Malcolm Gladwell, author of the #1 bestsellers The Tipping Point, Blink, and Outliers, will share insights from his forthcoming book, David and Goliath (Little, Brown, October 2013), with booksellers at Winter Institute 8’s Sunday morning plenary session. During breakfast, at 9:00 a.m. on Sunday, Gladwell will discuss the complex and surprising ways in which the Davids of the world can successfully compete against the Goliaths, and how goals (often culturally determined) can make a huge difference in our ultimate sense of success. David and Goliath draws upon examples from the world of business, sports, culture, cutting-edge psychology, and an array of unforgettable characters around the world.
Gladwell has been a staff writer for The New Yorker magazine since 1996. What the Dog Saw (Back Bay Books) is a compilation of his New Yorker stories. In 2005, Gladwell was named one of Time magazine’s 100 Most Influential People.
Here, Gladwell talks about what drew him to the theme of David and Goliath and some of the opportunities for bookselling “Davids.”
BTW: In a 2009 New Yorker piece entitled “How David Beats Goliath,” you wrote about an unassuming basketball team of inexperienced 12-year-old girls who made it to the California state championship in large part by changing the way the game is typically played. What drew you to this story, and how much of your upcoming book is based on it?
Malcolm Gladwell: My new book picks up on the themes of that story. But the story itself is not part of my book. I like to keep the overlap between my New Yorker work and my books as small as possible. It was that piece, though, that got me thinking about all the strategies available to the weak. That story was about a group of relatively untalented girls who made it all the way to the national basketball championships by playing unconventionally: in fact, by playing basketball in a way that can be best described as obnoxious. They were 11-year-olds who played the full court press all game. That got me thinking. Underdogs don’t have to play by the rules, do they? And they don’t have to worry about pleasing others. That makes them pretty formidable opponents!
BTW: You have said that the biblical account implies that David beating Goliath was an anomaly, but statistically it is not. “Davids win all the time,” you have written. “When underdogs choose not to play by Goliath’s rules, they win.” Independent bookstores are often represented in the media as the “Davids” of bookselling. How do you think they fit into this theory — that size or strength can be overcome by strategy and unconventional techniques?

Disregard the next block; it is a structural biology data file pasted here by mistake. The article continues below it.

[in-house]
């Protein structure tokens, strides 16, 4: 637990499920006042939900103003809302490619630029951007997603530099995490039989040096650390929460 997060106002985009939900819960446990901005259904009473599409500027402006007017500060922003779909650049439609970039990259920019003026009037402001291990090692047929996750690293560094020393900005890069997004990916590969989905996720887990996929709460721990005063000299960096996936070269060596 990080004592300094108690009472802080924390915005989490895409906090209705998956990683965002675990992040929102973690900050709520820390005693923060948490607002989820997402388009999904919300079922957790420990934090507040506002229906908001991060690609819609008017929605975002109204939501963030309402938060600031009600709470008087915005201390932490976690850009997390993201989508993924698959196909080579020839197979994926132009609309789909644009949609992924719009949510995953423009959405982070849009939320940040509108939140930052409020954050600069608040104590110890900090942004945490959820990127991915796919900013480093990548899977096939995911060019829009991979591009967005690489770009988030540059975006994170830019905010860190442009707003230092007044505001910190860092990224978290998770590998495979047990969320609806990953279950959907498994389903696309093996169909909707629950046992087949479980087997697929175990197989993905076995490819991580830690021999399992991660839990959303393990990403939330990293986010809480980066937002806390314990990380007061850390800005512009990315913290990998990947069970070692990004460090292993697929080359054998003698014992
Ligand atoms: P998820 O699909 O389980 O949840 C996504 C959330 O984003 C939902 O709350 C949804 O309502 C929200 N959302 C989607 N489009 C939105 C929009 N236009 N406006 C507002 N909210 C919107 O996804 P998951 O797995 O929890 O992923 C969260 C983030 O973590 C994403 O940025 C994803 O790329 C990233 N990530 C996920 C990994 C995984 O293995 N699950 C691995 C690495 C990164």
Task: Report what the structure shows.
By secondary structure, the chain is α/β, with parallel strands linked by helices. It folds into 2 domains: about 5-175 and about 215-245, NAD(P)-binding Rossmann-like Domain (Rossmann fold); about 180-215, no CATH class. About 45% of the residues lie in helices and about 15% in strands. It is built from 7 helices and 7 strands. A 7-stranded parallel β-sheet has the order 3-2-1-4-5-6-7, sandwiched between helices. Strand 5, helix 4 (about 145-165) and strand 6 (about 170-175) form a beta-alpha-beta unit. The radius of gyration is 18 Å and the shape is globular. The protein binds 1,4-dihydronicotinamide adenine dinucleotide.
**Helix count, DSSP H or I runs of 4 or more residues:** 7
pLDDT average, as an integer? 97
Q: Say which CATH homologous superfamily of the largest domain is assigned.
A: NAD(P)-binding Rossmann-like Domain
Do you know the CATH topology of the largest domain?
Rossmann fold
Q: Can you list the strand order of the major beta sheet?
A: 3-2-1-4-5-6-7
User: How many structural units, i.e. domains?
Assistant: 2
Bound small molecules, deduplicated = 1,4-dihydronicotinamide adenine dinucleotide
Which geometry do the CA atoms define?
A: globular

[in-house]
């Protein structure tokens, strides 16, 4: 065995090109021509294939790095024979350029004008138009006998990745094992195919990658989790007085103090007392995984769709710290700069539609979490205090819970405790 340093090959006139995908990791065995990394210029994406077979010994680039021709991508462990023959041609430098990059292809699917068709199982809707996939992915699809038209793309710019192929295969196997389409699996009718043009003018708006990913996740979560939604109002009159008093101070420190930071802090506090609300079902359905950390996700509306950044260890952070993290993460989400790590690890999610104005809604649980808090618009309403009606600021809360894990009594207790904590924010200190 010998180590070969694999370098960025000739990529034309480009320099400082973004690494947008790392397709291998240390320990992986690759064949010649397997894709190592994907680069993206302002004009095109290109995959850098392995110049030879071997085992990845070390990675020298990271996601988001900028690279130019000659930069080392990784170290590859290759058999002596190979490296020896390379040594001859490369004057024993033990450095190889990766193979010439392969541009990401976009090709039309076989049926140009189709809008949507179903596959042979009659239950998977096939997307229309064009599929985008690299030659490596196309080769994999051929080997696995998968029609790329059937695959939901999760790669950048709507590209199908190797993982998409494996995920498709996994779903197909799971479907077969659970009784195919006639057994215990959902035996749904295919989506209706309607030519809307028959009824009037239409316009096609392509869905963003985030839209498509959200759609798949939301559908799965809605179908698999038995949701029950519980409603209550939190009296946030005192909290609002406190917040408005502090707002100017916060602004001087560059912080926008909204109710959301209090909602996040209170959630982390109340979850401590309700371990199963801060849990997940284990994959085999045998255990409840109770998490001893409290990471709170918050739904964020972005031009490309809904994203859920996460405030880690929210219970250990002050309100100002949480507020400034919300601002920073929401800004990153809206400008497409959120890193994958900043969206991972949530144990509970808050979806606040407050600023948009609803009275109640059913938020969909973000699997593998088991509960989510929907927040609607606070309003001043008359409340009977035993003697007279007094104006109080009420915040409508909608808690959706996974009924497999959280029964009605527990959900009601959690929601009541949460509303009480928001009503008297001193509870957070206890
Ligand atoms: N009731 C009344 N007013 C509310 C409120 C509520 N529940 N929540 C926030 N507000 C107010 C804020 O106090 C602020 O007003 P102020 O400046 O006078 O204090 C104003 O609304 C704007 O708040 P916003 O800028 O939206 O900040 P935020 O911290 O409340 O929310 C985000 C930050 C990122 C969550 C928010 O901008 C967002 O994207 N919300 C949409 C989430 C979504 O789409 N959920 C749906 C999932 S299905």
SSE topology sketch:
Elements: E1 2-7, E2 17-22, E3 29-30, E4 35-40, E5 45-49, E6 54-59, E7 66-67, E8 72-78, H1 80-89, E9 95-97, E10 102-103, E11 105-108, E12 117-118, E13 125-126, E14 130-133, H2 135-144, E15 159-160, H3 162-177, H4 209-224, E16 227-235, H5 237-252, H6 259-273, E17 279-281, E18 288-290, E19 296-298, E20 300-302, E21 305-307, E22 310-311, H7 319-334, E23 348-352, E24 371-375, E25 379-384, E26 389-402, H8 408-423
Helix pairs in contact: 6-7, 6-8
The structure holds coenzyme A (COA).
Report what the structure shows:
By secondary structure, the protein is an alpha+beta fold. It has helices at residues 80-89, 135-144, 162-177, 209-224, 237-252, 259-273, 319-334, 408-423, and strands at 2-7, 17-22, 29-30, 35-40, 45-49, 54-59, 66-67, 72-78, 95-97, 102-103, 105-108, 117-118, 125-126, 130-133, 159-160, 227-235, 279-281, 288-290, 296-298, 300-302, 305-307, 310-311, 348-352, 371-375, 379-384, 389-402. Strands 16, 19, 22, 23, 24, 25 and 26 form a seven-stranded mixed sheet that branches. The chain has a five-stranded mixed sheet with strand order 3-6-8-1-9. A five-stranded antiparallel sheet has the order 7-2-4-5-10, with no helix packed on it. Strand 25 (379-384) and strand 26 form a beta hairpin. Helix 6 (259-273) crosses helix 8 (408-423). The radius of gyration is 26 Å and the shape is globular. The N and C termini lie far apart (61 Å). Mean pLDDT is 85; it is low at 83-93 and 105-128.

MG: What independent booksellers have, by virtue of their “weakness,” is the opportunity to offer a personal and intimate shopping and browsing experience. That is a great example of a weakness that isn’t really a weakness — especially in the age of Amazon. An impersonal mega-store is not qualitatively different from an online retailer. The neighborhood bookseller is.
BTW: In laying out a strategy to defeat a Goliath, where does one begin? Have you found there are one or two key elements to every successful plan?
MG: In my book I talk a lot about the blind spots that accompany power and advantage. For example, I have a section on the idea of the U-shaped curve. Strategies that work very well at a low level can have the opposite effect when applied with maximum force. Goliaths constantly make this mistake. I could go on. But I would be giving away the book!
BTW: In your 1999 piece “The Science of the Sleeper,” you talked a lot about Mary Gay Shipley of That Bookstore in Blytheville, Arkansas, and her ability to successfully hand-sell often little-known books that she was passionate about, and to successfully match book buyers with their next great read. Your piece also talked about the then nascent work in collaborative filtering technology, which tried to replicate what Mary Gay was doing in her store. Now, more than 13 years later, do you think a well-staffed bricks-and-mortar bookstore still offers a unique opportunity for discovering new titles?
MG: All I know is what I see in my weekly visits to the bookshop three blocks away from my house. I buy a book a week there, and I am almost never disappointed. The store is tiny. It can’t be more than 700 square feet. But that intimacy forces the proprietor to make real decisions about what to stock, and the result of those decisions is that I feel like I am getting a thoughtfully edited picture of what I ought to be reading. In a world overwhelmed by choice, that is a priceless gift.
The Morning Plenary With Malcolm Gladwell: David and Goliath will take place on Sunday, February 24, from 9:00 a.m. - 10:15 a.m. in the Westin Kansas City at Crowne Plaza’s Century Ballroom. All Wi8 badged attendees are invited.